I examined the bucket of “gravel” that was removed from our horse. The black sand never came from our property. There is no sand that looks like that here. We have owned Henry for a year and a half and my son has taken him on over one hundred rides. Three hour trail rides over many hills. Twenty minute loping sessions in the arena. Henry has always been sound. He had plenty of strength and air. He never showed the slightest sign of weakness. And yet Henry was packing that load of sand and stones, not to mention the big stone, on every single one of those rides. It boggles my mind.

After five days we were allowed to bring Henry home. He had a big “belly band” around his middle, supporting his incision and keeping it clean. He had to be fed four small meals a day. He had to be kept in a stall. He had to be hand walked for ten minutes two to three times a day and allowed to graze on green grass. I’ve been keeping quite busy with his care, especially since it has chosen to rain pretty much non-stop since I brought him home.

But I’m getting it done. Henry’s bandage stayed clean, he got his walks and meals and grazing. At his first re-check he was said to be healing well. He is still not out of the woods. He will have three months of rehab before he can return to normal use. We still have the risk of potential hernias and future colics to get through. But I am grateful we have come this far. We’ve given Henry a chance.

For any of you who ever face the same choice, I can only say that I’m glad I listened to the surgeon. I had Henry operated on before he was too far gone to save. I will be eternally thankful I made that decision.

Here’s to Henry…
Laura Crum


Shanster said...

Definately. Here's to Henry!

My mare colic'd every spring. Before I bought her I knew she'd had a nephrosplenic entrapment colic surgery...

One spring it was so bad she was on IV fluids all night and we were a hair's breath away from taking her to CSU Vet Hospital. We didn't have to.

The colics decreased in severity every year. Last spring there was no colic. I'm hoping this spring there will be no colic. (knocking frantically on wood) We (my vet and I) have a theory that it was due to hormones and her heat cycle kicking back in.

Great job. I'm glad you made the right choice for Henry, yourself and your son. I hope Henry keeps making leaps and bounds toward perfect health and he is with you for a long time to come!!! Go Henry!

A.K. Alexander said...

Oh Laura--wow. I am in tears just reading it. I can't even imagine what you've been through. Thank God you made the decision for Henry to have the surgery. I will send out some prayers that he continues to heal. He is one brave horse. I wish I was there to hug you and him, cause you are one brave mom, too!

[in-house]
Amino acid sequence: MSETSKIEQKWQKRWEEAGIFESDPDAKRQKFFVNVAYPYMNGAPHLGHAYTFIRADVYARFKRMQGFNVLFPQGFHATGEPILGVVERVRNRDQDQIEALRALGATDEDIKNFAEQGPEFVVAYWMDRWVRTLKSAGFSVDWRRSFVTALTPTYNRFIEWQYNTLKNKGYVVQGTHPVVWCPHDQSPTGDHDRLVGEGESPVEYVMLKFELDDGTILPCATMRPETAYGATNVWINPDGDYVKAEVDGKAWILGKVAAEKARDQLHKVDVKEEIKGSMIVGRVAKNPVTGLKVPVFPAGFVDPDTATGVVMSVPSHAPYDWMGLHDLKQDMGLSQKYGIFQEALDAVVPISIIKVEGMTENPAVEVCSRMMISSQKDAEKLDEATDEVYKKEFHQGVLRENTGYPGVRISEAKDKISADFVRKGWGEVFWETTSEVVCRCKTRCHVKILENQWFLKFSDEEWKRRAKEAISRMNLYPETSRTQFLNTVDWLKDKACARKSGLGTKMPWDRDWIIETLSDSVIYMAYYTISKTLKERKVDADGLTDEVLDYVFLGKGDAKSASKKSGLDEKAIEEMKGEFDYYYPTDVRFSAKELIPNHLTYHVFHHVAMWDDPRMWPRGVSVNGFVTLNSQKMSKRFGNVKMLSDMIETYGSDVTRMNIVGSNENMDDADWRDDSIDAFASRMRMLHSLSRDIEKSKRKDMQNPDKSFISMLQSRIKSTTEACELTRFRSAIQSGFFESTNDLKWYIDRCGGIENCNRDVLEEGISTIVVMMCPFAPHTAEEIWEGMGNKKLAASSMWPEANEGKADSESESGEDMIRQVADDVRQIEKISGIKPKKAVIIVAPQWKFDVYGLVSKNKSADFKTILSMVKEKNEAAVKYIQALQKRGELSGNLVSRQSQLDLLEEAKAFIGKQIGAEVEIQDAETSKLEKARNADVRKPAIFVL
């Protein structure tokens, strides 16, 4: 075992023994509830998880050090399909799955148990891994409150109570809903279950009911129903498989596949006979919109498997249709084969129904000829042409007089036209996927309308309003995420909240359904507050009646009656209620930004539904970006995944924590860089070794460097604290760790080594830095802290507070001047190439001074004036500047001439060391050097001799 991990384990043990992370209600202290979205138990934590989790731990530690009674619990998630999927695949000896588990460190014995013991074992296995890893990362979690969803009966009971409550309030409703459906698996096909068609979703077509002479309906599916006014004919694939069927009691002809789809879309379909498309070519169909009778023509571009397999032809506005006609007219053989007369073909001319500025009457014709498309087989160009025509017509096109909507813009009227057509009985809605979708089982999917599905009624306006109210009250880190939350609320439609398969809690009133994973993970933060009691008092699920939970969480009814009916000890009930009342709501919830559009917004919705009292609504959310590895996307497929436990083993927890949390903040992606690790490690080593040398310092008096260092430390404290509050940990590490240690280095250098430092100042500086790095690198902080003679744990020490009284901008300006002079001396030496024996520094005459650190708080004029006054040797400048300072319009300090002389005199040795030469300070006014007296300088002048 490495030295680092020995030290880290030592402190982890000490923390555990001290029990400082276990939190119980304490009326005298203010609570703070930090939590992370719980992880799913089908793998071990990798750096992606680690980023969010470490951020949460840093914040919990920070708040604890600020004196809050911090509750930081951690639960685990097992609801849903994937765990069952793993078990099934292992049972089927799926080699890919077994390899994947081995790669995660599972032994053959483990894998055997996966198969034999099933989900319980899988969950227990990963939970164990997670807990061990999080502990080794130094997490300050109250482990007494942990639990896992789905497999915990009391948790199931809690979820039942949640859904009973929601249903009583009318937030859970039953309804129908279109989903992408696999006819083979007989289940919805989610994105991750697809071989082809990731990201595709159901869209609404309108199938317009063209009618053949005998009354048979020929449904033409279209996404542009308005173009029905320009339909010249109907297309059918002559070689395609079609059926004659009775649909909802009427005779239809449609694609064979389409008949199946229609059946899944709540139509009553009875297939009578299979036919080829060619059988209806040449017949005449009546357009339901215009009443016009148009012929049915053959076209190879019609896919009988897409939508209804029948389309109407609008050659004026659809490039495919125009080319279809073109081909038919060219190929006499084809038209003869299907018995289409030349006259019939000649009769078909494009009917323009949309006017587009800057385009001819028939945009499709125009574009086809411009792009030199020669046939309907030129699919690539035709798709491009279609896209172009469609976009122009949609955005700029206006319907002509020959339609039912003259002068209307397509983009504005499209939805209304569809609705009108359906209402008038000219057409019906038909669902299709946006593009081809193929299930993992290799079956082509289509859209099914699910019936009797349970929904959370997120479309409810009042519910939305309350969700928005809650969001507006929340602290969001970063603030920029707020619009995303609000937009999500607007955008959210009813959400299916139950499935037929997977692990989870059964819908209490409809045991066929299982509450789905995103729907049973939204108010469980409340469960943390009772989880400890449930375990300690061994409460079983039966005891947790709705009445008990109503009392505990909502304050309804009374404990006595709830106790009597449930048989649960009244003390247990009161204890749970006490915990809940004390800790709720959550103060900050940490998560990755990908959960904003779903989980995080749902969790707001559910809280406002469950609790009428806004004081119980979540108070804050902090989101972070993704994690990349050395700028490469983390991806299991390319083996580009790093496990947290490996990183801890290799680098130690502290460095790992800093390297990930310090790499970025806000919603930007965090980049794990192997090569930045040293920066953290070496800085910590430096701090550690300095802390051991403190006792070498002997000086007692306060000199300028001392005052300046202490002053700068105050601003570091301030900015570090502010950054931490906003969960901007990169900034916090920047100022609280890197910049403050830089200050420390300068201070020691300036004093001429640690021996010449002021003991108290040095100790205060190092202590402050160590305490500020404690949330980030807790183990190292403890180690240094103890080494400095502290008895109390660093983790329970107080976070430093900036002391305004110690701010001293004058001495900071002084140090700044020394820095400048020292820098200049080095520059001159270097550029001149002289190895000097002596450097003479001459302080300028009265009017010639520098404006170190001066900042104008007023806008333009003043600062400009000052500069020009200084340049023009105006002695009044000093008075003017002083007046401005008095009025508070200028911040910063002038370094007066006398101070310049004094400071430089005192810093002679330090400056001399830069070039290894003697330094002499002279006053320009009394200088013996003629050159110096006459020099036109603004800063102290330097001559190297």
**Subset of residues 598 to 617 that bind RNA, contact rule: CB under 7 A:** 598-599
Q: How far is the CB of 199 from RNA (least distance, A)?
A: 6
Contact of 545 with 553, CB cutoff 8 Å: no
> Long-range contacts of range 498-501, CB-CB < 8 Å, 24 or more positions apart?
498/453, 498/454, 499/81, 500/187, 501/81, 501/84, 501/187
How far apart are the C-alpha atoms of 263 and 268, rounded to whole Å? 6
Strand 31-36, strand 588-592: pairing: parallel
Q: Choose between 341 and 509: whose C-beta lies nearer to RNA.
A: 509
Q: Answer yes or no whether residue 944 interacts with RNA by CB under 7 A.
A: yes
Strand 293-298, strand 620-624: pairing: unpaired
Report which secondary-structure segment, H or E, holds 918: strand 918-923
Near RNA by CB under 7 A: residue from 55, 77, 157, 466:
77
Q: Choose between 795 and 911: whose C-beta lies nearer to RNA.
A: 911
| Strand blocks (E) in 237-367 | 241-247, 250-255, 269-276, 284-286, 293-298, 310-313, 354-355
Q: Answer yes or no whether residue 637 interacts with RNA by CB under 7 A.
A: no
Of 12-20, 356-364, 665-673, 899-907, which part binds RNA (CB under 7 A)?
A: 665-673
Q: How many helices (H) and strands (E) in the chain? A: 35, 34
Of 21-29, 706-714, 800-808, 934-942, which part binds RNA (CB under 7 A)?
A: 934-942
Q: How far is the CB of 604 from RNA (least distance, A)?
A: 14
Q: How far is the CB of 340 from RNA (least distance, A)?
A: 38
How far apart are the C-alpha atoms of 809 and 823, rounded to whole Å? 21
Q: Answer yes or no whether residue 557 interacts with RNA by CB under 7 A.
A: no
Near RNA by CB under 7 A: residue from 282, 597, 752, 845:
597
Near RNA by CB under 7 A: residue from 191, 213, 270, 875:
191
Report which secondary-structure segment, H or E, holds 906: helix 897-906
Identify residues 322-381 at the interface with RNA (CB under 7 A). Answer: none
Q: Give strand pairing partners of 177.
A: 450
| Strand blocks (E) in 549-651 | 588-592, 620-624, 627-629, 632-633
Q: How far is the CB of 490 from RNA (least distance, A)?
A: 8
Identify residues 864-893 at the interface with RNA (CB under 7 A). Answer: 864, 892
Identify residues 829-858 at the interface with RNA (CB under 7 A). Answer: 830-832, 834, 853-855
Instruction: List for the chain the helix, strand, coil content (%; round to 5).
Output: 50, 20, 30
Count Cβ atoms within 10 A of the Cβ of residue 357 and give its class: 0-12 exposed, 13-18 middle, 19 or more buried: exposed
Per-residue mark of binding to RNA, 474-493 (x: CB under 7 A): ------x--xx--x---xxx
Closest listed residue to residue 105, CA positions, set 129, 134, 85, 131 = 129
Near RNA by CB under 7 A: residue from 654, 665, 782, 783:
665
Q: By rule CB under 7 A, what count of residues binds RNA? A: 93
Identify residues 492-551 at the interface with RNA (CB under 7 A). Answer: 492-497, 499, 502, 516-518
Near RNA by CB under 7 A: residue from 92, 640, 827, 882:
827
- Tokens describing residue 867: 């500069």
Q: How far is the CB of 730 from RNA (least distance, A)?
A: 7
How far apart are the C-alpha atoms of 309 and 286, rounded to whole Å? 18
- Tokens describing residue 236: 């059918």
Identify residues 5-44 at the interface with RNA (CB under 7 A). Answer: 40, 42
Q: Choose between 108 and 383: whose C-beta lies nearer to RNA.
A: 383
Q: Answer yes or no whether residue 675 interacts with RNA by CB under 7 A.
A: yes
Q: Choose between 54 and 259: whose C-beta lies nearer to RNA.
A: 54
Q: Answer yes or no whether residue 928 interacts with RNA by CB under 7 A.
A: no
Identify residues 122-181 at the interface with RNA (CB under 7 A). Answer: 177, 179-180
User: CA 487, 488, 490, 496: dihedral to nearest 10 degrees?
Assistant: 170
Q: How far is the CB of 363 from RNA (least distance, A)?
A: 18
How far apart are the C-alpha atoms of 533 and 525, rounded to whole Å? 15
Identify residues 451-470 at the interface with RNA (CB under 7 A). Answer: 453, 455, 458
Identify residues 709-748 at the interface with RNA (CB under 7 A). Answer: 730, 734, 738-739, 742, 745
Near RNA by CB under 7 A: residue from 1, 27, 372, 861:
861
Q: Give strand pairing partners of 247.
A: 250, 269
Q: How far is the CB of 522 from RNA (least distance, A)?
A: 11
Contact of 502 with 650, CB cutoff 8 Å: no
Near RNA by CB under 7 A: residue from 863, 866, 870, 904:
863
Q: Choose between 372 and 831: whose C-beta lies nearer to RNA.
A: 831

We lost two horses to stones the size of grapefruits back in the late eighties. My dad changed the water system after that as he discovered there were too many minerals in the water, but it was really tough to go through.

Thank goodness you caught this with such a stoic little horse!

I'm thinking of you.

Heidi the Hick said...

Cheers to Henry, the brave horse!

This story really lifts me, because I've lost two to colic. One was a VERY old pony who'd been retired at our place. The other, in August 06, was my 21 yr old half-arab gelding. He was so fit and healthy. He didn't look or act his age. It was a shock.

Of course I tried to figure out what caused it but considering our young mare was fine, the vet told me it probably wasn't a management problem.

Surgery wasn't an option financially, but even if I had the money, I couldn't do it to him. They couldn't guarantee that it would cure him, and I didn't want him to suffer through surgery only to have to put him down anyways. So I made the hardest, and quickest decision ever and he was put down immediately.

In your case, I think I'd do what you did. Henry had a chance and you opened that chance for him. I am sending you my best hopes and wishes for a full recovery for Henry! Sure sounds like he's worth it!

Anonymous said...

Thank you Heidi, Michele and Shanster--I can use all the good wishes I can get. I've only owned Henry for a year and a half (since he was retired from team roping), but I have known him since he was six, and he is a great horse. I am guessing (hoping) that the conditions that led to the stones and sand in his gut came from his previous home, since it takes a horse many years to develope these stones. (Knocking on wood.) But yeah, it's one day at a time. I'm off to take him for his walk now.

mugwump said...

It is a tough call to decide on surgery. I am so glad it has worked for Henry.
A client of mine had the opposite situation put on her, an unethical vet pushing surgery....she got a second opinion at the major veterinary hospital in our area.They told her the mare wasn't a good surgery candidate. It was heartbreaking.